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US shale gas development – in particular liquid rich plays – are set to enjoy years of growth with production estimated to reach 30 billion cubic feet per day (Bcf/d) by 2020, according to a US energy sector report from EIC Consult, the market research and consultancy arm of the Energy Industries Council (EIC).
The report also predicts that, despite much publicised opposition, the comprehensive or prohibitive regulation of shale gas in the future remains unlikely, due to the number of jobs created and taxes generated.
The EIC Consult’s USA Country Overview, the most comprehensive report on the Americas for the wider supply chain, provides 120 pages of critical analysis of contemporary developments in the US energy sector drawing on project data from EIC DataStream, the EIC's online database which tracks over 9,000 energy projects worldwide. In particular, the report focuses on business development and opportunities for UK companies.
Other key findings from the report include:
* That offshore deepwater drilling in the Gulf of Mexico is likely to regain the momentum it had, prior to the Macondo disaster. According to the report, there are currently 5,981 active leases in the Gulf of Mexico with over 130 new well permits since new regulations came into effect in October 2010.
* That the rise in shale gas development has led to a number of LNG (Liquefied Natural Gas) terminals being converted from import to export terminals and LNG exports doubling between 2009 and 2011. However, the report cautioned that the market for US LNG exports is far from secure.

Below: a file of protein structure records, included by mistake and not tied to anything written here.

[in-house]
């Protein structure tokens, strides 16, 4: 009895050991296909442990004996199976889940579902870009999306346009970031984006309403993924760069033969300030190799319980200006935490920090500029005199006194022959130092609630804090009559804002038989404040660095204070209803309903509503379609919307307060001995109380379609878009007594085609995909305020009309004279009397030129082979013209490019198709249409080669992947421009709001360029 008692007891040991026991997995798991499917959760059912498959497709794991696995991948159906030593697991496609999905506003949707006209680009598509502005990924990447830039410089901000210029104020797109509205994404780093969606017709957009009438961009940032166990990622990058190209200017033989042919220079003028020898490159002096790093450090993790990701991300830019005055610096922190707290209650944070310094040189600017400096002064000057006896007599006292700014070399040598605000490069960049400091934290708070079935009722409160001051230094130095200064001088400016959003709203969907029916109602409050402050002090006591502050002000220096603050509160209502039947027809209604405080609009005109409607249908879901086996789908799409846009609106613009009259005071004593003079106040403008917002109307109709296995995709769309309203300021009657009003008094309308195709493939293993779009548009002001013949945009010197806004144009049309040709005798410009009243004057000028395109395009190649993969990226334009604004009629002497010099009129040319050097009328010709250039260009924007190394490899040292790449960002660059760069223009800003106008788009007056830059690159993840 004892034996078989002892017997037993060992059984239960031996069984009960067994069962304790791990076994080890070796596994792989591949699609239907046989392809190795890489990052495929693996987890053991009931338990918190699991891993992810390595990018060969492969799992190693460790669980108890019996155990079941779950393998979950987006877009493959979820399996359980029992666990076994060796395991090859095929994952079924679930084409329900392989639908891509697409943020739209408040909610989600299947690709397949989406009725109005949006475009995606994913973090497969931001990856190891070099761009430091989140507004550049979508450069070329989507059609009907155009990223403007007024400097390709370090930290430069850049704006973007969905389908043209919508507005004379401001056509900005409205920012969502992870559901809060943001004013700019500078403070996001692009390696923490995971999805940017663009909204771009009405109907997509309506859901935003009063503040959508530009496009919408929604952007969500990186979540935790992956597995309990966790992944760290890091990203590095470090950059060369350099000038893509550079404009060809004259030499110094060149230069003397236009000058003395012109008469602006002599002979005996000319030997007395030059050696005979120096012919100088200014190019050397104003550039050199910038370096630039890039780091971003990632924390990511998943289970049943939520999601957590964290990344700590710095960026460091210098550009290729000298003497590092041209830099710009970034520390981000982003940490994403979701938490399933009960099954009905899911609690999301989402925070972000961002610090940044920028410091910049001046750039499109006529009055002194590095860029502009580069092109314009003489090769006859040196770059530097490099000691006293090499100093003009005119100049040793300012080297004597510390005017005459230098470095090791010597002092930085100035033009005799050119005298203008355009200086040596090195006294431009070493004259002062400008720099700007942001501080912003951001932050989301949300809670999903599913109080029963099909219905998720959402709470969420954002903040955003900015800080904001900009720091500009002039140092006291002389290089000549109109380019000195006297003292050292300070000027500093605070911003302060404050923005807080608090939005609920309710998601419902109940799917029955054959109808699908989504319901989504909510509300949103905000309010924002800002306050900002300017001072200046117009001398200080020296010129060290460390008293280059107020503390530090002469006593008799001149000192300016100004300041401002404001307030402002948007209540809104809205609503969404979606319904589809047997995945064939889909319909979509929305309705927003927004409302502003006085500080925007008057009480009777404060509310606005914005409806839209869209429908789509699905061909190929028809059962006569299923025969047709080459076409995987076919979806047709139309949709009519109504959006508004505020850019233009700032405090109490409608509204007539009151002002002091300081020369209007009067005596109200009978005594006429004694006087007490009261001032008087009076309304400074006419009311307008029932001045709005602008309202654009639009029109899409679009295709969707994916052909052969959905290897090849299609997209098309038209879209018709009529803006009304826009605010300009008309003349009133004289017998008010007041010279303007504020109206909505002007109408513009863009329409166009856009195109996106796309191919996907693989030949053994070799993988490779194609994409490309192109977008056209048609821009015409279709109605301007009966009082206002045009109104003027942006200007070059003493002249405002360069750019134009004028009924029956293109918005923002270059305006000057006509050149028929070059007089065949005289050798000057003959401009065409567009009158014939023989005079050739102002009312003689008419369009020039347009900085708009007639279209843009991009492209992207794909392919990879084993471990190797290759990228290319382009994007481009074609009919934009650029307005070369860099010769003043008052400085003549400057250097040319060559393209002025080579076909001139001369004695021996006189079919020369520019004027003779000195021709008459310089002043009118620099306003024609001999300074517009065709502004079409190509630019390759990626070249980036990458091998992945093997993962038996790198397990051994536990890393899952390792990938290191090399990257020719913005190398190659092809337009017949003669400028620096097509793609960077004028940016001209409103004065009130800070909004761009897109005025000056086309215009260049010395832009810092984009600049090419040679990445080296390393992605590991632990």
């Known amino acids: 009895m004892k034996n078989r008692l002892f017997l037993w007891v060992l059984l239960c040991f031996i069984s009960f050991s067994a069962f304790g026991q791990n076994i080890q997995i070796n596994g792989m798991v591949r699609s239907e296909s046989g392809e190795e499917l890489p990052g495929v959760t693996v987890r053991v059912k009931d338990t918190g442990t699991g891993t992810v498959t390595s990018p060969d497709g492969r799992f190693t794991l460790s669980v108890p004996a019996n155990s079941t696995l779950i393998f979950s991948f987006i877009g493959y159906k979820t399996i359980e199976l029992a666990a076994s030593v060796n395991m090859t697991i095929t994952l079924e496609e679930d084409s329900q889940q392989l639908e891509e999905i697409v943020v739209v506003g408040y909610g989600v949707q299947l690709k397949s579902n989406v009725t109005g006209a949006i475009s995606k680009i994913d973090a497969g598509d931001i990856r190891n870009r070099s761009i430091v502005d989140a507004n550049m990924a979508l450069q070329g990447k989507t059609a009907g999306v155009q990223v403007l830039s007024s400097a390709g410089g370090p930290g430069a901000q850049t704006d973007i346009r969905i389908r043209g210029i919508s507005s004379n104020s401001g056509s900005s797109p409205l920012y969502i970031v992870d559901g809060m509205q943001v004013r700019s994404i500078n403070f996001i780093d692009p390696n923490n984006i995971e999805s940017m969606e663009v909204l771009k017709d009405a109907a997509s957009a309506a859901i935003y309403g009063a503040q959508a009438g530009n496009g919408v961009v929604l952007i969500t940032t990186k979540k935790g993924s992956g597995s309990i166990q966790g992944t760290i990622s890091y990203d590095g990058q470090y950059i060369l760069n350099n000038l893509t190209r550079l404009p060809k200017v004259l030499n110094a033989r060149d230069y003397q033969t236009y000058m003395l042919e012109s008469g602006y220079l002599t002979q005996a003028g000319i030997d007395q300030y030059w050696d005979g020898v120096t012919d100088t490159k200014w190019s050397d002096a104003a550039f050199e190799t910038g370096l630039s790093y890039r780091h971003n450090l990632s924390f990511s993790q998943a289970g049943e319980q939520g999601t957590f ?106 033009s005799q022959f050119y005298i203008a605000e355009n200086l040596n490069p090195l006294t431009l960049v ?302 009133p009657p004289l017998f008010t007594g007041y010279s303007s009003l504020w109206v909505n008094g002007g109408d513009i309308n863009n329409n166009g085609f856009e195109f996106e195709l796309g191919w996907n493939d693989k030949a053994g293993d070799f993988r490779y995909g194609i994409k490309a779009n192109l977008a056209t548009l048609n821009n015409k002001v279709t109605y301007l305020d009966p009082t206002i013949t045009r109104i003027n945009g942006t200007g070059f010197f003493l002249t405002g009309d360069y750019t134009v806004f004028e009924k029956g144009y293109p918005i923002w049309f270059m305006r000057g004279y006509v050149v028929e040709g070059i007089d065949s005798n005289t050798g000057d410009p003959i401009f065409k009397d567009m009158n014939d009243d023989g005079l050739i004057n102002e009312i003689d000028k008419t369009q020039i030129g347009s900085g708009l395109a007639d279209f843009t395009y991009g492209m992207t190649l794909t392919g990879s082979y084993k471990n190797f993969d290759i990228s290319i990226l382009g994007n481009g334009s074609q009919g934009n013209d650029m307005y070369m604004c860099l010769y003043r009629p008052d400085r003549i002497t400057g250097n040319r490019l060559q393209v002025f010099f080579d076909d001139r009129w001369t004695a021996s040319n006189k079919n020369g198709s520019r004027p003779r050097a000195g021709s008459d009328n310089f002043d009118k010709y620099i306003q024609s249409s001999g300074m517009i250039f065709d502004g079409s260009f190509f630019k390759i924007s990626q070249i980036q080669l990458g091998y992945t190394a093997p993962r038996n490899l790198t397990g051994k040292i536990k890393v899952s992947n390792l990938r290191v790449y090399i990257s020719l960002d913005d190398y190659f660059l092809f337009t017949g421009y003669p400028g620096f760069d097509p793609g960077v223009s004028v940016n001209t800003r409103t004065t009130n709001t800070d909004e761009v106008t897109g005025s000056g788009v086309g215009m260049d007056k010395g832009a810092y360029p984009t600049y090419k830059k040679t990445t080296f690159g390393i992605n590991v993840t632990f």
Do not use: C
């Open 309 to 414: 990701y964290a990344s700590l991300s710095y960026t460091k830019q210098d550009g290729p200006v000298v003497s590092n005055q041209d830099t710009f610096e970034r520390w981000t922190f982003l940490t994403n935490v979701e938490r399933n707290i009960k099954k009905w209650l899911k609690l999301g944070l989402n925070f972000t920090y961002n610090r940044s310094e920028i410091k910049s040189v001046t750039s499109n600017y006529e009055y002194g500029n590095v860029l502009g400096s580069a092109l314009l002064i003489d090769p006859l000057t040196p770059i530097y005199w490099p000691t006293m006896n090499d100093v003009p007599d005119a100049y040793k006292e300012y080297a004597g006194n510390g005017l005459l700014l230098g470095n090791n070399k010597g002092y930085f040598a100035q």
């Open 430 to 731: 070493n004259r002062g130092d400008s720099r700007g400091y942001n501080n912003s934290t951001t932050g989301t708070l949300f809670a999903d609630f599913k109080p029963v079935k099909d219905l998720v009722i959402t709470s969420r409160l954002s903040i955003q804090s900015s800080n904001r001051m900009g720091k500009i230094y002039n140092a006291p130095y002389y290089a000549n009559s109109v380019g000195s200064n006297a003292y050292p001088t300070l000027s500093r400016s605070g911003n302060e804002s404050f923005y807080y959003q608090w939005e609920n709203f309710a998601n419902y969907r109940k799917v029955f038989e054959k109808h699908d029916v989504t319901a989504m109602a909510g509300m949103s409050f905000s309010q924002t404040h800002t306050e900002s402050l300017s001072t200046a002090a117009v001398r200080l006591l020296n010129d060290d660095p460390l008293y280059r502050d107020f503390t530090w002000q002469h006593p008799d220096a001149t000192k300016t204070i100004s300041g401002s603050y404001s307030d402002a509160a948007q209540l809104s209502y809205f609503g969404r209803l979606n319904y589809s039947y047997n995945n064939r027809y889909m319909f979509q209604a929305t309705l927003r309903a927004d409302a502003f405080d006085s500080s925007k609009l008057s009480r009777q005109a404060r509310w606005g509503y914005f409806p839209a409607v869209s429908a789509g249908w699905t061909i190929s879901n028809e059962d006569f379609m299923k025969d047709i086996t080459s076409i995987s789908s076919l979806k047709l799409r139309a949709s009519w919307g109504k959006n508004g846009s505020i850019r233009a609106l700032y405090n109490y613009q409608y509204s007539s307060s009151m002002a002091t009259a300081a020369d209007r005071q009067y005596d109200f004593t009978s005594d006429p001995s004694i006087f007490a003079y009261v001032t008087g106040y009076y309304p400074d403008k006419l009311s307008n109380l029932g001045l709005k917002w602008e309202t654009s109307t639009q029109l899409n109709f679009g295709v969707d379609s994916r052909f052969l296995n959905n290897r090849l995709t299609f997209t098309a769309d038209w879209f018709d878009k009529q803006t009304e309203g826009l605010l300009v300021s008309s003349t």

* That ethanol production is likely to increase in 2010, with the US exporting fuel ethanol for the first time. EIC DataStream indicates that there are 42 future and active biofuel projects in the US.
* That natural gas fired plants are the most likely form of power generation growth with natural gas generation likely to increase by 305.81TWh (Terawatt-Hours per Year), to 1287.62TWh from 2010 to 2035. EIC DataStream is currently tracking 59 future and active gas-fired power plant projects in the US, representing over US$44 billion of investment and over 43GWe (Gigawatt-Electric) of generating capacity.
* And finally, that solar and wind power are leading the way in renewable energy. While there is a need for renewable technologies to become more competitive when compared with cheap gas, the report predicts that renewables will have an increasingly important role in the future US energy mix.
“In a world of rapidly rising oil prices and reduced imports, developing domestic energy resources, diversifying energy sources and expanding production have become major priorities for the US”, continues Phil Goddard, Director of Consultancy and the main author of the report.
“Whether it be shale gas, offshore exploration and production, or renewable sources, such as wind and solar, the US energy sector remains full of opportunities with firms at all stages of the supply chain standing to benefit.”
The report is priced at £950.00 plus VAT for EIC Members and £1,350 plus VAT for non-Members.